Client/server system helps county run smoothly
Nestled in the northeast corner of Georgia along the banks of the Savannah River, the bedroom community of Columbia Country has awakened with an explosive population growth over the past several years. In 1950, the county had a population of a little more than 9,000 people, says County Administrator Steve Szablewski. Today, that number has topped 70,000 and continues to climb. The spiraling population growth has subsequently created a demand for more extensive public services. This means the county must maintain an Information Systems (IS) department that can keep pace with the demands for more services.
In Columbia County, the solution was the IBM Application System/400. The mid-range platform operates in a client/server environment to process and deliver data on all municipal, motor vehicle and public safety activities.
The systems, together with a range of software programs, ensure that the administrative and public safety branches of government run smoothly by offering easy, continuous and reliable access to crucial information.
MOTOR VEHICLE SYSTEM
The Motor Vehicle information System (MVIS) is one of the most frequently queried applications residing on the administrative computer system. It provides up-to-date data on vehicle registration numbers, color and type of vehicles, date of registrations and drivers, records.
Much of the information from the MVIS is also available to the county’s law enforcement officials to help make their jobs easier. Officers can retrieve data from the system by simply entering a license number. The pertinent data is then immediately accessed, extracted and displayed, and, most importantly, the entire transaction is completely transparent to the end user.
Previously, public safety officials had to log on directly to the administrative software @ a somewhat time-intensive procedure that required the end user to learn various code commands. Officers can now access information in seconds that previously took hours.
PHOTO IMAGING SYSTEM
Police lineups are becoming a thing of the past with the help of technology. Law enforcement agents and investigators can nowgenerate entire lineups electronically, saving them the countless, painstaking hours of manually picking through mug shots. The imaging system allows both investigators and witnesses to identify suspects based on reported characteristics. The data bank consists of photos taken when inmates are processed into jail. When victims or witnesses describe the physical characteristics of the suspects, the data is entered directly into the system. Photos are transferred from the Public Safety Computer system and moved into Compu-color software for display on the investigator’s screen. The software is equipped with a board that compresses the images for DASD storage, and new data is automatically integrated into the existing resident database of files.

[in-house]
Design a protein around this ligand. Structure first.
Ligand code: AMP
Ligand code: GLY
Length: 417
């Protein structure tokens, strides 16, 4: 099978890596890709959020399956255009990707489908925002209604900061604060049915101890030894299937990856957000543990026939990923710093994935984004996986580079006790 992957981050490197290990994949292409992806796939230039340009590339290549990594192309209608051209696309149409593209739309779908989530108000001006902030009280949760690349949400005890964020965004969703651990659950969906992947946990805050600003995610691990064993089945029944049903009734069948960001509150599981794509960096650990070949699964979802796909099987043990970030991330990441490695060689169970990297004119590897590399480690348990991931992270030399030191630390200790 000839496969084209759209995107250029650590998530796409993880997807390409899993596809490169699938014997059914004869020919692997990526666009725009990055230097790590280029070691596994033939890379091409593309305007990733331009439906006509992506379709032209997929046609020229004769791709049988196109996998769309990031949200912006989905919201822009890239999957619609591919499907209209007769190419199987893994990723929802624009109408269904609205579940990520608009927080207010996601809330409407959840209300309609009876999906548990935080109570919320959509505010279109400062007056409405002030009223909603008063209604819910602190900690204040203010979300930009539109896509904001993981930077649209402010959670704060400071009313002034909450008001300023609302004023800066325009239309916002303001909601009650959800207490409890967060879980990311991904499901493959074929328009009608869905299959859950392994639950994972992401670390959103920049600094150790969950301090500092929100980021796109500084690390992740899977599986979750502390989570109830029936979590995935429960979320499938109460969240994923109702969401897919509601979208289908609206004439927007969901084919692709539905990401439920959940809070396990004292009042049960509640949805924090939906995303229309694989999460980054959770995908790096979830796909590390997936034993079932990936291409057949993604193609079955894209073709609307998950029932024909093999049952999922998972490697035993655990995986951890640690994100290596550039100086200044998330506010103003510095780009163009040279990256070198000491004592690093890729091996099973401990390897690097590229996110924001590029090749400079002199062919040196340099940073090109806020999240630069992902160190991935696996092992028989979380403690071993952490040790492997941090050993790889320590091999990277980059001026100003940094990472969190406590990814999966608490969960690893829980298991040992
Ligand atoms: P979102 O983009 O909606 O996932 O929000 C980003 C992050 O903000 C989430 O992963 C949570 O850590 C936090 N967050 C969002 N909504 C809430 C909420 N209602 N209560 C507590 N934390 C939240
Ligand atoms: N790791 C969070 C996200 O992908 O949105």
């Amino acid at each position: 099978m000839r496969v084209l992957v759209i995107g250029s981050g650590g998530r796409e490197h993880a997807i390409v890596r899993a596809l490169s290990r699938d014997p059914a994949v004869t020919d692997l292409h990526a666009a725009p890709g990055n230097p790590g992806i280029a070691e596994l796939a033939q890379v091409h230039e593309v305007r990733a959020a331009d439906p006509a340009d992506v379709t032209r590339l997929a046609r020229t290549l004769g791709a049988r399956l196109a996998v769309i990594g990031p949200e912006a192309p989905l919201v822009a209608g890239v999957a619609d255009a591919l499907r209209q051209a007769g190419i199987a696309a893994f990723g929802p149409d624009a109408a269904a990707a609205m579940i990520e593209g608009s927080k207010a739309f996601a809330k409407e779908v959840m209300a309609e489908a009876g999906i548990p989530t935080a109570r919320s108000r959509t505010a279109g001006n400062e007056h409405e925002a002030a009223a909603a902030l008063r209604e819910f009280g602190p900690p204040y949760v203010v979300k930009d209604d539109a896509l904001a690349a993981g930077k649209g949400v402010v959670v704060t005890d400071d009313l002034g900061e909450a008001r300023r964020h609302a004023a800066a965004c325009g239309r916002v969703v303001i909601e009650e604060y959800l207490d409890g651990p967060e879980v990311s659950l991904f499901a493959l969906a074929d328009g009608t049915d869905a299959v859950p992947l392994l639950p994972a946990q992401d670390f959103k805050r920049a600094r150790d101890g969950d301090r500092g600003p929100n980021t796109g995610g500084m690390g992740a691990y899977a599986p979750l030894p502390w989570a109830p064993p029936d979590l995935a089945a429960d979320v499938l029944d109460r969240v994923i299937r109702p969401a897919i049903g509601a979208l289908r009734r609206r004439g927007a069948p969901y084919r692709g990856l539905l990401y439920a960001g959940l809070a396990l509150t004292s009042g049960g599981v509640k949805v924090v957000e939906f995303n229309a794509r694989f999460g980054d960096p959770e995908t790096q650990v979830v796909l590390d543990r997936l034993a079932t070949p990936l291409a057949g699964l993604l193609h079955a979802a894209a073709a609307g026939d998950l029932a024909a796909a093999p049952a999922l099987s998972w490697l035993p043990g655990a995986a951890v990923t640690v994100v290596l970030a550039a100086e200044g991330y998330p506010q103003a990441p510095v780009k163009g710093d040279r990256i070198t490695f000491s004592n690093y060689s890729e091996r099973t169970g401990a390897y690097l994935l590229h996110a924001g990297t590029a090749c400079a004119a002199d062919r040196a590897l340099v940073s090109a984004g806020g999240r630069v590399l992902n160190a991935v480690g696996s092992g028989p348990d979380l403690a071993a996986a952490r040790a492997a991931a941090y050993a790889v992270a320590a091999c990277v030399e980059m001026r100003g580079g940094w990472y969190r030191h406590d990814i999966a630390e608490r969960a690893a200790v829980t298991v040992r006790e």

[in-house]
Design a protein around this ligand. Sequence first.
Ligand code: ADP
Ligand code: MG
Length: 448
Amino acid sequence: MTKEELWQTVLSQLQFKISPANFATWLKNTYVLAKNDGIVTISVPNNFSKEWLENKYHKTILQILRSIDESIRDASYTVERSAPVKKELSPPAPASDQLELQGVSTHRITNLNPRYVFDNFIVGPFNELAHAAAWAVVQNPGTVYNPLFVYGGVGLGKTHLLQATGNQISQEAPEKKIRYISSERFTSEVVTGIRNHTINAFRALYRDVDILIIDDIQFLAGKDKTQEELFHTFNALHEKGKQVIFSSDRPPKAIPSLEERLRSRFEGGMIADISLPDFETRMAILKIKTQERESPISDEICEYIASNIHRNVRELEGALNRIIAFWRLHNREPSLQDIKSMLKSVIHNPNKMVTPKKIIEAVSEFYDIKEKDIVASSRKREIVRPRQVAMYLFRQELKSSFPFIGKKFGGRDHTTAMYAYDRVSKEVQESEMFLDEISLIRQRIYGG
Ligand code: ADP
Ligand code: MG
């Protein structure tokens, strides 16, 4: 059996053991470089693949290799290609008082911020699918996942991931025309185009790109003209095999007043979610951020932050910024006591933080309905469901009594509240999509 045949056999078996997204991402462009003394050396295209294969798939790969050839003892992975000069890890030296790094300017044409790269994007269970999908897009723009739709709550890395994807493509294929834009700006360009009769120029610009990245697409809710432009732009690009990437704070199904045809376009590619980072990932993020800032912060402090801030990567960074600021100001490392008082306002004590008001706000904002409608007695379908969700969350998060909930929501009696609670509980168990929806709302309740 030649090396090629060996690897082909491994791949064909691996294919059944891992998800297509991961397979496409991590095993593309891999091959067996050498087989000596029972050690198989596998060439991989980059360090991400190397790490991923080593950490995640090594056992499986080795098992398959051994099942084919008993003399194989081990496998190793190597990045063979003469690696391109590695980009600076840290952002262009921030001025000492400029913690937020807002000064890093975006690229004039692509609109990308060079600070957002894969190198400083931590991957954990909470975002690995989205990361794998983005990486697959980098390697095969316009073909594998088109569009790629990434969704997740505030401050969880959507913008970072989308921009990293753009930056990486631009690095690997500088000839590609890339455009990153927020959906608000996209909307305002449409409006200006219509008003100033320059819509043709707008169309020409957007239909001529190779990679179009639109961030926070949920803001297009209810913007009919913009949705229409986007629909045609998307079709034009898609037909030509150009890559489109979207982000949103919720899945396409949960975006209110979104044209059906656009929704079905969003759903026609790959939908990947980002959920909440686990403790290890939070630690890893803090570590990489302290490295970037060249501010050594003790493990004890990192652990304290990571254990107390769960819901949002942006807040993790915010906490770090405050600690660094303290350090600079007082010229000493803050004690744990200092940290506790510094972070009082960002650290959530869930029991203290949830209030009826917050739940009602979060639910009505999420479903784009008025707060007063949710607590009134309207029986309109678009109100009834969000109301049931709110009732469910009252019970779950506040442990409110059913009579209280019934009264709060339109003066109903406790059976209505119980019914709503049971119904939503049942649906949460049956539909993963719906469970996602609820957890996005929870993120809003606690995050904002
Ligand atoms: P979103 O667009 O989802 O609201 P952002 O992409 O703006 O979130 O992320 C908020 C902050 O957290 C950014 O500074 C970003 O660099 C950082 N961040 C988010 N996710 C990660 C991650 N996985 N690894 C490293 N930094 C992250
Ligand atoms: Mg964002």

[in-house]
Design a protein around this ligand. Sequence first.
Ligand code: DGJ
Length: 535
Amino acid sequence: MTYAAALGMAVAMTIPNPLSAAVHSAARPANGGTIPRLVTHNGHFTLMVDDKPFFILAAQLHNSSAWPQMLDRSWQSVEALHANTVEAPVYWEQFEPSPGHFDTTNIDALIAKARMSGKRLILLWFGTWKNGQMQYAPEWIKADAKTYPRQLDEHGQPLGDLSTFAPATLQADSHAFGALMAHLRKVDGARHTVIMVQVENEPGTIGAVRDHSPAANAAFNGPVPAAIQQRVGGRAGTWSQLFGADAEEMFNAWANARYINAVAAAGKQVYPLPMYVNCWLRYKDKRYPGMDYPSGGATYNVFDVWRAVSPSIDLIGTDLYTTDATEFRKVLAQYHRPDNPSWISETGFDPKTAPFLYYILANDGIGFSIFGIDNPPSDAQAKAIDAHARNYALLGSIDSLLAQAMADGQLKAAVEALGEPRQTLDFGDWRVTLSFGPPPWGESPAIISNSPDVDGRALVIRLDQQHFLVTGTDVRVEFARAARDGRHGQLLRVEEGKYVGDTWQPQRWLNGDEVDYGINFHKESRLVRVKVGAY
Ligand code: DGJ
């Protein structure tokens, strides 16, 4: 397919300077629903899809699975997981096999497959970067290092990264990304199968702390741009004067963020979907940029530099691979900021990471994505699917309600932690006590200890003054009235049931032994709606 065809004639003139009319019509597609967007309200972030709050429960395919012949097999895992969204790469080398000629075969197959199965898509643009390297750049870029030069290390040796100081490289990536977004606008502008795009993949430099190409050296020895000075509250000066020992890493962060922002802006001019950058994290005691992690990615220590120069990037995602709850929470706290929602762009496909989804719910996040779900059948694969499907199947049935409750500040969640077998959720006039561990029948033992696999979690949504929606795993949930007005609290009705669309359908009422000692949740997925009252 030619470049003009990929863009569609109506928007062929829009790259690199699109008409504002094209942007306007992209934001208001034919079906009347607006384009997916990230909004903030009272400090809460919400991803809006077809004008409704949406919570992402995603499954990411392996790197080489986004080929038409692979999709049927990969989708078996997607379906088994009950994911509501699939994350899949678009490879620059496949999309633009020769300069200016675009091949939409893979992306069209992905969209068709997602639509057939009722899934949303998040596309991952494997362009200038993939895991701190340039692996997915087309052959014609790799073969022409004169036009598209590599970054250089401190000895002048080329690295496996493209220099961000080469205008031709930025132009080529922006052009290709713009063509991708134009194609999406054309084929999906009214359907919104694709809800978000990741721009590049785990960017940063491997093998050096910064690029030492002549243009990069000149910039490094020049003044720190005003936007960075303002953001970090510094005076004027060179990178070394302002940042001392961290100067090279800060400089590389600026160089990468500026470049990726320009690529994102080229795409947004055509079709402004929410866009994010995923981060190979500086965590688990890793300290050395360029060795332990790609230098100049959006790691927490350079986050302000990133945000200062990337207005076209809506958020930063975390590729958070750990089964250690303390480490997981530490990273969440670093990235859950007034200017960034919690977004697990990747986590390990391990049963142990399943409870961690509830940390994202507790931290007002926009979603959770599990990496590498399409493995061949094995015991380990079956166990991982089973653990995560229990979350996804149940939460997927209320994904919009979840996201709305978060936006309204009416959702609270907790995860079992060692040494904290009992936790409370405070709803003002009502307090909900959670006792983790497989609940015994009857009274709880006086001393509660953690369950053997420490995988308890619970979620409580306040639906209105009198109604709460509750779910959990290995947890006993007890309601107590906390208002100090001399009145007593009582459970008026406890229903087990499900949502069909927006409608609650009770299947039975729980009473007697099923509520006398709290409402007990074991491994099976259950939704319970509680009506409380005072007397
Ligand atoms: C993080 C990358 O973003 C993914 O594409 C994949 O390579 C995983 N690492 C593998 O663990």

Composite drawings are then created after an electronically generated lineup of suspects is selected. These images can be printed out for distribution to law enforcement agencies across the country.
Currently there are 5,000 images on the system and an additional 2,000 more to be moved to the new platform. Officers save between three days and four days of work for each individual search, while providing a better quality photo for identification purposes.
The county’s data administration staff has also been developing a customized GIS client/server platform topology that will be capable of taking existing data and presenting it in digitized map and geofile forms. “This is very important as Columbia County continues to grow,” Szablewski says.For example, city planners can take a database of building permits, have them digitized and displayed instantaneously on a map for planning road improvements and water lines.,,
End users can access this data via a simple point-and-click system. The interface transfers information from the administrative system onto the ARC/Info software platform. All data is transferred over a Token Ring network, and CAD operators enter and access data via an X-station emulation client platform.
As a result of the system, the county has been able to reduce the time required to access data and respond more quickly to emergency situations. The sheriffs department, which a year ago had no terminals accessing the system, now has 40. “If we didn’t implement this system, we would have had to add at least 15 people to our station Szablewski says.